There was insufficient evidence to establish defendant’s conduct was objectively irritating or disturbing to support a conviction for annoying or molesting a child. Defendant was convicted of multiple sex crimes in the 1980’s and sentenced to 10 years in state prison. In 2016, during a routine sex offender compliance check, an officer found evidence in the form of emails and photos that he had formed relationships with three minor boys and their families. Defendant was charged with two counts of annoying or molesting a child under 18 years old (Pen. Code, § 647.6) and four counts of communicating with a minor with the intent to commit a sexual offense (Pen. Code, § 288.3). The boys testified that defendant was like a family member and never touched them inappropriately or made them feel uncomfortable. The family members were aware of defendant’s past and most indicated they had no concerns about the conversations between defendant and the boys. Defendant was convicted as charged and appealed, arguing there was insufficient evidence to support a conviction for annoying or molesting a child. Held: Reversed. To convict a defendant of annoying or molesting a child, the prosecution must prove, among other elements, that a normal person, without hesitation, would have been disturbed, irritated, offended, or injured by the defendant’s conduct and that defendant’s conduct was motivated by an abnormal sexual interest in the child. Thus, violation of section 647.6 requires that both an objective and subjective element be proven. (People v. Lopez (1998) 19 Cal.4th 282, 291.) The Attorney General contended that viewed together, the emails would disturb most based on defendant’s known history as a child molester. However, viewing the objective conduct in light of defendant’s past blurs the objective and subjective elements of the crime, an approach expressly rejected by Lopez. Ambiguous conduct is not enough to satisfy the statute. There was not substantial evidence of conduct that would objectively unhesitatingly disturb a normal person. The two counts must be reversed.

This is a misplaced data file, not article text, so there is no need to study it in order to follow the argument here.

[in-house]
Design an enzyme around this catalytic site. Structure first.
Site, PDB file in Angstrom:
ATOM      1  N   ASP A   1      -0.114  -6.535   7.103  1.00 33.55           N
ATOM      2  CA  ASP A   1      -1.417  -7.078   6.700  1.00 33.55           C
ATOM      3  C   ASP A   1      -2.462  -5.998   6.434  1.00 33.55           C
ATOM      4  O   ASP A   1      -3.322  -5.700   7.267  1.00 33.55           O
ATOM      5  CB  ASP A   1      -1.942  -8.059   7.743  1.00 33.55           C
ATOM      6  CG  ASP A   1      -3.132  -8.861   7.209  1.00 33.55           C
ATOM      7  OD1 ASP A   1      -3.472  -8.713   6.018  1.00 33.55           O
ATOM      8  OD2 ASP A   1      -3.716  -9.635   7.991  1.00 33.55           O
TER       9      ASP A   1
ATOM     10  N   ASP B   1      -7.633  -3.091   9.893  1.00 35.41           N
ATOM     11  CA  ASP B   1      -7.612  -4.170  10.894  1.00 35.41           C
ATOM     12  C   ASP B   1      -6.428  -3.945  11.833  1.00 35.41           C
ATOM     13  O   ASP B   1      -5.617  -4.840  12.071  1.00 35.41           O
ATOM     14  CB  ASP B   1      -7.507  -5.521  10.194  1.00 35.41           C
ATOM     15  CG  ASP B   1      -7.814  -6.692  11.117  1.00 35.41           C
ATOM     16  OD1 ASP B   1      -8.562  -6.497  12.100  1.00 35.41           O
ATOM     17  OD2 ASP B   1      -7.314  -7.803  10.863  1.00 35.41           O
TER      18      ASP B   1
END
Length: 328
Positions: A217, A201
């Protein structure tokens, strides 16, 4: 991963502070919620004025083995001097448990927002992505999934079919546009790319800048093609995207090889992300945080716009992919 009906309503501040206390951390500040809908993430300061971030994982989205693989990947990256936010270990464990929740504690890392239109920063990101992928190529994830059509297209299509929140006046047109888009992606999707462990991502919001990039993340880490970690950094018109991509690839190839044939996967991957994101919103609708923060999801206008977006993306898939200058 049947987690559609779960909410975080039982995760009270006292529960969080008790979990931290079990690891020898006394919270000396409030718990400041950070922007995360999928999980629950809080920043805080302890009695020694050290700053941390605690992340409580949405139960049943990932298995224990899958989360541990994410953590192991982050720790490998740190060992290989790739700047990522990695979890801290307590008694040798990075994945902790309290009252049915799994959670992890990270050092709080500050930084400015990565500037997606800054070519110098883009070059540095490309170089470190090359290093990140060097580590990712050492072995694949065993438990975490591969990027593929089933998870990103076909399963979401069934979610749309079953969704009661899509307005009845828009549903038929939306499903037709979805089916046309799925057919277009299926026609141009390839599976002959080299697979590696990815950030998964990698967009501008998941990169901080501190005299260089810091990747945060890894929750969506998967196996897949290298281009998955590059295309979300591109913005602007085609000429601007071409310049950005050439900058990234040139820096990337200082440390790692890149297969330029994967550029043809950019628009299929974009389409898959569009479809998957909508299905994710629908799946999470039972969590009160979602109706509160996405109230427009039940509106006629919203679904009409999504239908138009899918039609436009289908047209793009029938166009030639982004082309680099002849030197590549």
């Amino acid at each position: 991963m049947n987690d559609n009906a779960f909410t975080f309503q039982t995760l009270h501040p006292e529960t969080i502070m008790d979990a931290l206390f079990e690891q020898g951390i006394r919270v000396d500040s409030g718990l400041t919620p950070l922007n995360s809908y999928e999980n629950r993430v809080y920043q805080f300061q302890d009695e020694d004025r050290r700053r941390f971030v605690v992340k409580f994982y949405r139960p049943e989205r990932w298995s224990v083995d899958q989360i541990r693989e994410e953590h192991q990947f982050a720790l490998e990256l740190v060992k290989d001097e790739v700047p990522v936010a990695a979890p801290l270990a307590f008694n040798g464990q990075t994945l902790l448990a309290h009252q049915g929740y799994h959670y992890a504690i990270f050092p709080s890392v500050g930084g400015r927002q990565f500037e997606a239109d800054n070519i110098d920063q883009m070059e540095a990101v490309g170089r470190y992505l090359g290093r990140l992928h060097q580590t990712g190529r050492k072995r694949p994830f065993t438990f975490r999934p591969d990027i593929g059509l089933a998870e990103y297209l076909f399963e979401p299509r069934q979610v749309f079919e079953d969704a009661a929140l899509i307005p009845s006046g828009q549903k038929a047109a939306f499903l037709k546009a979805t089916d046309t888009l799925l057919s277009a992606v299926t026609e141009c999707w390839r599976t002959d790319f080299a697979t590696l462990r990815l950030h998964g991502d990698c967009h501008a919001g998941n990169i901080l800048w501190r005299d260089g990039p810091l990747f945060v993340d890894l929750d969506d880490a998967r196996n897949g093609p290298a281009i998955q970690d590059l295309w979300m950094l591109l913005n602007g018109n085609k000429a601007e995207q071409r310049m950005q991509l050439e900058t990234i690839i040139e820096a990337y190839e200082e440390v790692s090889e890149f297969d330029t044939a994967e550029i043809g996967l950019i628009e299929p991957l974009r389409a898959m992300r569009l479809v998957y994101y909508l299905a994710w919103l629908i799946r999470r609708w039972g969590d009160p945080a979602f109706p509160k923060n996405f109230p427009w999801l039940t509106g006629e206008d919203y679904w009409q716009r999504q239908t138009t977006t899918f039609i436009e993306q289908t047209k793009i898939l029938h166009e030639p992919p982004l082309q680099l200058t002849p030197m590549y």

Trial counsel was prejudicially ineffective for his consistent failure to object to inadmissible expert testimony and irrelevant, inflammatory testimony about defendant’s prior sexual offenses. Defendant argued that his trial counsel committed numerous errors that prejudicially deprived him of effective assistance of counsel and a fair trial, based on his failure to object to inadmissible and highly inflammatory testimony on several significant topics(1) psychiatric expert testimony; (2) child sexual abuse accommodation syndrome (CSAAS) testimony; and (3) inflammatory propensity evidence. Here, the psychiatric expert testimony impermissibly suggested that defendant had a particular mental state at the time he committed the charged offenses, which was highly prejudicial given that intent was not established by any other evidence at trial. The prosecutor relied on CSAAS expert testimony to suggest that the victims in this case were actually sexually molested rather than merely explaining why some victims may not disclose abuse until later in life. Witness testimony about defendant’s prior convictions went well beyond the facts of the underlying crimes without objection where defendant’s former victims and their family members explained the impact of his conduct and their opinions about defendant’s release from prison. In the face of this prejudicial and irrelevant testimony, trial counsel’s decision to remain silent fell below an objective standard of competence. The cumulative effect undermined confidence in the jury’s verdict. The judgment of conviction was reversed as to all counts and the matter remanded for further proceedings as to the four counts of communicating with a minor.